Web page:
THE KILLING OF A SACRED DEER
Greek filmmaker Yorgos Lanthamos is, in the words of Blondie’s Debbie Harry, “a case of partial extreme.” Since making his overwrought and under-executed feature debut “Dogtooth” (in 2009), Lanthamos has veered into the mainstream via A-list actors. If you saw his 2015 film “The Lobster” (starring Colin Farrell, John C. Reilly, and Rachel Weisz) then you have an idea of what I mean by partial extreme. An unsatisfying movie with a good cast is nonetheless a disappointing experience.
Lanthamos’s visually drab film’s all begin with a promising high-concept first act that crumbles into an unrecognizable pile of filmic detritus by the time the third act grinds into gear. They represent a cinematic hoax. His 2011 film “Alps” is his best effort, but that isn’t saying much. Lanthamos is a self-styled auteur who drafts artsy screenplays infected with magical realism that he attempts to pawn off as surrealist in nature. Needless to say, Lanthamos's grasp of surrealism is vague at best.
Lars von Trier (“Breaking the Waves”), Michael Haneke (“Funny Games”), and Ulrich Seidl (“Import Export”) are clearly Lanthamos’s idols, but he doesn’t possess the intellectual or practical rigor of those established filmmakers. Lanthamos’s films don’t even begin to step into the superior realm of surrealist allegory laid down by the great Mexican-Spanish filmmaker Luis Buñuel.
“The Killing of a Sacred Deer” is a glacial revenge fantasy involving Steven Murphy (Colin Farrell), a cardiothoracic surgeon with a wife (Anna — Nicole Kidman), his young son Bob (Sunny Suljic), and Kim (Raffey Cassidy), a pubescent daughter who all come under attack by Martin (Barry Keoghan), the teenage son of a man who died on Steven Murphy’s operating table a decade before. Steven is a recovered alcoholic who very will may have been drinking on the day he operated on Martin’s dad.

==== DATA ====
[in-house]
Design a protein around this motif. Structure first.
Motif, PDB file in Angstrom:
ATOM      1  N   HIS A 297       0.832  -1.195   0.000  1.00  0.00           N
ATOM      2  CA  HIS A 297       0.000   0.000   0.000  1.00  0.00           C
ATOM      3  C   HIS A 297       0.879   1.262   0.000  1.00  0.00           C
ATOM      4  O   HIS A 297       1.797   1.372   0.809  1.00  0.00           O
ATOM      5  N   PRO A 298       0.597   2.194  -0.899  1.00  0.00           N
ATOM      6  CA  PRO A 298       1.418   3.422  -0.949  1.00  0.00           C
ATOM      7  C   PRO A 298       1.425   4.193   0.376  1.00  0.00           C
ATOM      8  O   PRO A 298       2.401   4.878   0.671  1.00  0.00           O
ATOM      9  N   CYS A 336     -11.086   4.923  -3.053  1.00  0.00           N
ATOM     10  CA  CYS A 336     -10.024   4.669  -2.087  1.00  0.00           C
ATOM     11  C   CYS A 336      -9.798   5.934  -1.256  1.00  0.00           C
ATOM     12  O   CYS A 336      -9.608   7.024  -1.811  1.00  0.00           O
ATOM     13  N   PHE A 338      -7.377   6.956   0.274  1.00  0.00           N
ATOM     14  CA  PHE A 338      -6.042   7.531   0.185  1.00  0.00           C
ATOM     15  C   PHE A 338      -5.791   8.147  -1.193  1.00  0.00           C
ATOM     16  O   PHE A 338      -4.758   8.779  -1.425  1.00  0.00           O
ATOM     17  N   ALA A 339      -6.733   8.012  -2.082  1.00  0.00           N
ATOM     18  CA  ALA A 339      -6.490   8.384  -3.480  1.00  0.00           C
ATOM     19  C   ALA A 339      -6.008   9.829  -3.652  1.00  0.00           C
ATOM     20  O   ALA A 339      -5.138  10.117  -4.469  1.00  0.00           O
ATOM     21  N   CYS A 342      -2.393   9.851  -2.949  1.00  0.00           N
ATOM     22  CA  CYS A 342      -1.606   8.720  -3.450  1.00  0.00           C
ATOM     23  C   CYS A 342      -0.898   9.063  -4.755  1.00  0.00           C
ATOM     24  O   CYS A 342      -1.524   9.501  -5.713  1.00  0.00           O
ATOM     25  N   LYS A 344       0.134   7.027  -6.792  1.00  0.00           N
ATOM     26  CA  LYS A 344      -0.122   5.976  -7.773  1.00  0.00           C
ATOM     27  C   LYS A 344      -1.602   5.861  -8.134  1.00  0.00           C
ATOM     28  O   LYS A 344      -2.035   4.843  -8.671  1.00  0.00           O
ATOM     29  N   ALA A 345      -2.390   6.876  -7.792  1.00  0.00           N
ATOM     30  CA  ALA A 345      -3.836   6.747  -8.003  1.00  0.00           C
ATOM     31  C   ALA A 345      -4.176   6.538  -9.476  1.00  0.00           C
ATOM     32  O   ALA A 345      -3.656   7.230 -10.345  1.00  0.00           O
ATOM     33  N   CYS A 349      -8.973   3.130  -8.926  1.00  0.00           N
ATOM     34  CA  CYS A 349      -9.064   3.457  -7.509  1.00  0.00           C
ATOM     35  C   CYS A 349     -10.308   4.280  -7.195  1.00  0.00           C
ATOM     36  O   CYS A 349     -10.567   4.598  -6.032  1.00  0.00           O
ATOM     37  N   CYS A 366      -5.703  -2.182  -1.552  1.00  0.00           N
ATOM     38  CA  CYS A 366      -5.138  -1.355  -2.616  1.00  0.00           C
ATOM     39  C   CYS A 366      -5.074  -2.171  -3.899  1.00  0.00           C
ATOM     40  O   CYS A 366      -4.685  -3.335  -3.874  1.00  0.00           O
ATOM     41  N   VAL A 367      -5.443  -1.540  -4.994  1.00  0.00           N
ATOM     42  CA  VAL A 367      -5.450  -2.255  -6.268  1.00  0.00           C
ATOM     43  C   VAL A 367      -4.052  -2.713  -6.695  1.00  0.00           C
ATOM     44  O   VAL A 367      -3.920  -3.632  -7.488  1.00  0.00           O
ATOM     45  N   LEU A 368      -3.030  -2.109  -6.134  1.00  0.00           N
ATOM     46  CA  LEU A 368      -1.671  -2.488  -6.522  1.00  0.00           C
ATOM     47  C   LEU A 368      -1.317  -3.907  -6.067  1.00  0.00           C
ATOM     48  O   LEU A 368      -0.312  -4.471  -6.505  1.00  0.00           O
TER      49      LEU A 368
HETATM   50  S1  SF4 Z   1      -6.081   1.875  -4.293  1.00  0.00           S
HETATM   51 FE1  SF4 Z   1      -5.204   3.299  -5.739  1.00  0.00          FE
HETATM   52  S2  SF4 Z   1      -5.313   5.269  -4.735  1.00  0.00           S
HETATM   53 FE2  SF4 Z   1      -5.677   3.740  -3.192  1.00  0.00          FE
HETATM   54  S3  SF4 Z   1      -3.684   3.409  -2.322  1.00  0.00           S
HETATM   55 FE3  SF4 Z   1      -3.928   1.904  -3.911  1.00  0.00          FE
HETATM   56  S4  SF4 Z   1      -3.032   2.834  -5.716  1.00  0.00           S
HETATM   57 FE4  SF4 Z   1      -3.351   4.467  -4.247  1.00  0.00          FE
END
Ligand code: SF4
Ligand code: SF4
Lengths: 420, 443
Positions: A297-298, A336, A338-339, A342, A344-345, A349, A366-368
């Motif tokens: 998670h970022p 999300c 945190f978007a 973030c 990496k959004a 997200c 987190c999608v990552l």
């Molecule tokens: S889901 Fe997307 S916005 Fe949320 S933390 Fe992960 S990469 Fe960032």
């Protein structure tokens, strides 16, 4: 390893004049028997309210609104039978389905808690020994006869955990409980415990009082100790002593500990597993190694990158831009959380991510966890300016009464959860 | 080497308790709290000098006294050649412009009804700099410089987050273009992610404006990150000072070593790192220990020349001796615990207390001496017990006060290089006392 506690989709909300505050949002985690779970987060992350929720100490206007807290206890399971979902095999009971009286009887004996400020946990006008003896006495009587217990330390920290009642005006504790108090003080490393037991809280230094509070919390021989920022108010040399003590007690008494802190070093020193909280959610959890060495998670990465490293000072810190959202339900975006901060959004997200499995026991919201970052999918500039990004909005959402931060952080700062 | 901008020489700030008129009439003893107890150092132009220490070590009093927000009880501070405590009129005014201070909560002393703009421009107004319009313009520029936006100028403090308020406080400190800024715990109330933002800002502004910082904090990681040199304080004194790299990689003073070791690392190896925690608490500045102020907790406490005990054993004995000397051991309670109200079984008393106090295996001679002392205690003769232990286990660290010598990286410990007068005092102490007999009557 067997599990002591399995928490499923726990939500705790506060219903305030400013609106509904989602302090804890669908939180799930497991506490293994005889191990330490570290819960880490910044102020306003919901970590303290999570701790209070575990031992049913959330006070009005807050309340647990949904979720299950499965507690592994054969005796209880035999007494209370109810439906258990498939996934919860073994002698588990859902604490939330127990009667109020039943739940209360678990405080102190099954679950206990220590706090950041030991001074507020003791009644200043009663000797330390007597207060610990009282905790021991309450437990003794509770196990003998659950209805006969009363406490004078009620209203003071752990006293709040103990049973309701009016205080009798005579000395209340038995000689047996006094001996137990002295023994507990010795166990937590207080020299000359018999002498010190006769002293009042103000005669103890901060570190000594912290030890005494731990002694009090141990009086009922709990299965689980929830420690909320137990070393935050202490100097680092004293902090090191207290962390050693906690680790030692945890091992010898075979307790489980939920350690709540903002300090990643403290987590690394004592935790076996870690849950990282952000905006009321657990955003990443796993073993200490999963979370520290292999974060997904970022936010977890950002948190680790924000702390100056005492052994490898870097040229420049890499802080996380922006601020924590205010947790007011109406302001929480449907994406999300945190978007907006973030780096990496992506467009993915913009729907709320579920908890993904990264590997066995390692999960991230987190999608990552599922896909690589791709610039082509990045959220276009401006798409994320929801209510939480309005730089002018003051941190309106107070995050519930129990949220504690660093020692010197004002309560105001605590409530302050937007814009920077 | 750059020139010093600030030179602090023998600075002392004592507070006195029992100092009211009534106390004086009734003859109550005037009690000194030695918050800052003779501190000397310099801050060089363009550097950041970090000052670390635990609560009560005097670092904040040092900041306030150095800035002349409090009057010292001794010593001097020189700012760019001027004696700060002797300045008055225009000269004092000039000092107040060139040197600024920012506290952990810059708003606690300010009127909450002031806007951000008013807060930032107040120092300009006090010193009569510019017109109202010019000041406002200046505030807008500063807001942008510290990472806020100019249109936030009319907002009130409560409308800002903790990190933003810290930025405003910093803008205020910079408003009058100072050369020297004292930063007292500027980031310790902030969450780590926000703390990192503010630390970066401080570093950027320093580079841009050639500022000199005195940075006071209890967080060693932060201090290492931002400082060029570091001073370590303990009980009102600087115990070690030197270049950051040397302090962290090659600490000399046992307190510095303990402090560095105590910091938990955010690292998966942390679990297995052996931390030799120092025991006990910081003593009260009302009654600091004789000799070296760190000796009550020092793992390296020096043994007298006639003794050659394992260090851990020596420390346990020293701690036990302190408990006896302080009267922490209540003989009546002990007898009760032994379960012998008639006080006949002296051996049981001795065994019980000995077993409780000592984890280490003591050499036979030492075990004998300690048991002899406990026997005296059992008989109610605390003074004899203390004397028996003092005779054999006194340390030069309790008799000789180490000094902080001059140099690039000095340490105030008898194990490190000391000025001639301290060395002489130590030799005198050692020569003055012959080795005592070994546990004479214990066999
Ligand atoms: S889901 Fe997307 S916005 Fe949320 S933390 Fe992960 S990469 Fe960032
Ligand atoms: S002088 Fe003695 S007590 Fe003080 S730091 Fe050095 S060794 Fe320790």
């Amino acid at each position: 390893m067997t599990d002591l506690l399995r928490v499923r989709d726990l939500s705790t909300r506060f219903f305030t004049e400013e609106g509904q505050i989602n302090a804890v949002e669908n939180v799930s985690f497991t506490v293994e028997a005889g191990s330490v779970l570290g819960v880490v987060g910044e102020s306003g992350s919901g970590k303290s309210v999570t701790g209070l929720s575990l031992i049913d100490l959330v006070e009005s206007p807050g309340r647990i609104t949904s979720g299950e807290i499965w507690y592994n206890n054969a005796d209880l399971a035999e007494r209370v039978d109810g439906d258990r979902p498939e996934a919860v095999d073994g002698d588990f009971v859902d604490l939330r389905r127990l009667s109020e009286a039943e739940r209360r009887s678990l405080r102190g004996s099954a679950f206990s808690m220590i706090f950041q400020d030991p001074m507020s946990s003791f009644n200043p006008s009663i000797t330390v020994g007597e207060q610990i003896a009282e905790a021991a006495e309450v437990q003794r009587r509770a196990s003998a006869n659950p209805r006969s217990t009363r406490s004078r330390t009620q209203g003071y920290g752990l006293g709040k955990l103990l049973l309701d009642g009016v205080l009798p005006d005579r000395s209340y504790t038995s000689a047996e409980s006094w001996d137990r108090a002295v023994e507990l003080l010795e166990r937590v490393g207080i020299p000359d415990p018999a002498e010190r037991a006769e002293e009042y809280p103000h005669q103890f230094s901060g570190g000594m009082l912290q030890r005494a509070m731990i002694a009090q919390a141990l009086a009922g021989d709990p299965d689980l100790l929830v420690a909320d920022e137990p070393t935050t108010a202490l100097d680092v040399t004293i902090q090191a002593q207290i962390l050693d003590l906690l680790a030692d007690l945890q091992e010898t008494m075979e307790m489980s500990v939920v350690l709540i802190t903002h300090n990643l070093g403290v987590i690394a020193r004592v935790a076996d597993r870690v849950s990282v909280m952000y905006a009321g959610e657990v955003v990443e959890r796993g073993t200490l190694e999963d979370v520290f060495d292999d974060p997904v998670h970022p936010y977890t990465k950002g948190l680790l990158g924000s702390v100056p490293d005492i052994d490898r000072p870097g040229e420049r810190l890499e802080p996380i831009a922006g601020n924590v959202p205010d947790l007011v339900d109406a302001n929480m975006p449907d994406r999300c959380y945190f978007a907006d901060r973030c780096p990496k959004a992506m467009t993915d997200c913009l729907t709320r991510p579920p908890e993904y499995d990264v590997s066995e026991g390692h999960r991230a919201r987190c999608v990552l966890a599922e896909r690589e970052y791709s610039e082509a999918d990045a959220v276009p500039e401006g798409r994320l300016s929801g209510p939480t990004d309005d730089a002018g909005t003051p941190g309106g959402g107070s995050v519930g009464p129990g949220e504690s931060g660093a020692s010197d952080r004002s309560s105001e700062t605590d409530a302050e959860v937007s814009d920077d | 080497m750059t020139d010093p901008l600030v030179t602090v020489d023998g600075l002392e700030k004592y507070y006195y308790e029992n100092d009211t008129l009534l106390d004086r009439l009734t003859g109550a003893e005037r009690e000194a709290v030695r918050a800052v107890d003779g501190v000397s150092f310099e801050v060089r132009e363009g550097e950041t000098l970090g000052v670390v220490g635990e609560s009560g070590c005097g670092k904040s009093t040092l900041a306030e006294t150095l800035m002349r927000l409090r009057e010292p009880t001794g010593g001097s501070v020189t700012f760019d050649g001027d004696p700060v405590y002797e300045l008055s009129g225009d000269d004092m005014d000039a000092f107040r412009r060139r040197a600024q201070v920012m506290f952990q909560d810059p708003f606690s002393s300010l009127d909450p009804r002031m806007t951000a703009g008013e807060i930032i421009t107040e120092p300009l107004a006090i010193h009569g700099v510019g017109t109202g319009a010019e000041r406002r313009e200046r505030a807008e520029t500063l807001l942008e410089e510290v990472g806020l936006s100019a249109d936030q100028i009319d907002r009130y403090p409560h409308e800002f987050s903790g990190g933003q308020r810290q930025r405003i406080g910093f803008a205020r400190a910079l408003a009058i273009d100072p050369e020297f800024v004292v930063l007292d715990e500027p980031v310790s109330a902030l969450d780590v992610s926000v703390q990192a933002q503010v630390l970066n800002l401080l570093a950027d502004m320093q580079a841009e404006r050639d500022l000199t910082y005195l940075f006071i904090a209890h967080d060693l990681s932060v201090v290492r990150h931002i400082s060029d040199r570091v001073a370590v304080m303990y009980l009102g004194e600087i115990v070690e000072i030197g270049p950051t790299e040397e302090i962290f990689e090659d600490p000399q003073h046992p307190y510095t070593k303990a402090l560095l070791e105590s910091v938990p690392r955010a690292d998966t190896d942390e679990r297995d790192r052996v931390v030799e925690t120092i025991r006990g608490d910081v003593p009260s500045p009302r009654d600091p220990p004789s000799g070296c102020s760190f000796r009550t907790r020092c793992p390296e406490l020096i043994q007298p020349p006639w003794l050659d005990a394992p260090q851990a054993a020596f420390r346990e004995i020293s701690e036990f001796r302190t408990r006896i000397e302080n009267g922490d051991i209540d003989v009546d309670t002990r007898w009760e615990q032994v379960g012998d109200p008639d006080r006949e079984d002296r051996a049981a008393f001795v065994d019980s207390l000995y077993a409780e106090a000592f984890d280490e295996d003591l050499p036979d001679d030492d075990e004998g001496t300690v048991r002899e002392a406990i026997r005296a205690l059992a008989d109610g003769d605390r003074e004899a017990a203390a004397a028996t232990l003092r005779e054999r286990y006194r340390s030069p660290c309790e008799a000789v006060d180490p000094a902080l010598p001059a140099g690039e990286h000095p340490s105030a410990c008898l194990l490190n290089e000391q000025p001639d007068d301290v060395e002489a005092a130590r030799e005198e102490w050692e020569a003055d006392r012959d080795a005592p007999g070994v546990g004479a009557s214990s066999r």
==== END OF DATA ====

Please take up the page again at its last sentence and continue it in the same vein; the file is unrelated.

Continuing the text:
Martin is special. He has the ability to put a curse on Steven’s family that renders them unable to walk. Eventually the curse will cause them to bleed from the eyes before killing Martin’s entire family unless Martin murders one of them, hence the “sacred deer” of the film’s title. Clearly, we are in the genre land of a psychological thriller concealing a social satire (think Darren Aronofsky’s “mother!”).
Whatever allegorical connection Yorgos Lanthamos is attempting to make regarding King Agamemnon’s experiences after killing a deer owned by Artemis, the polemic presented in this film is too abstract and drawn out to flourish. If you’re going to spend two hours of misery in a darkened cinema there had better be a thematic reward. The only just desert that this film deserves is being ignored with a vengeance by audiences who know better than waste their time. Pay your respects to Von Trier, Haneke, and Seidl rather than to this third-rate hack.
Rated R. 121 mins.
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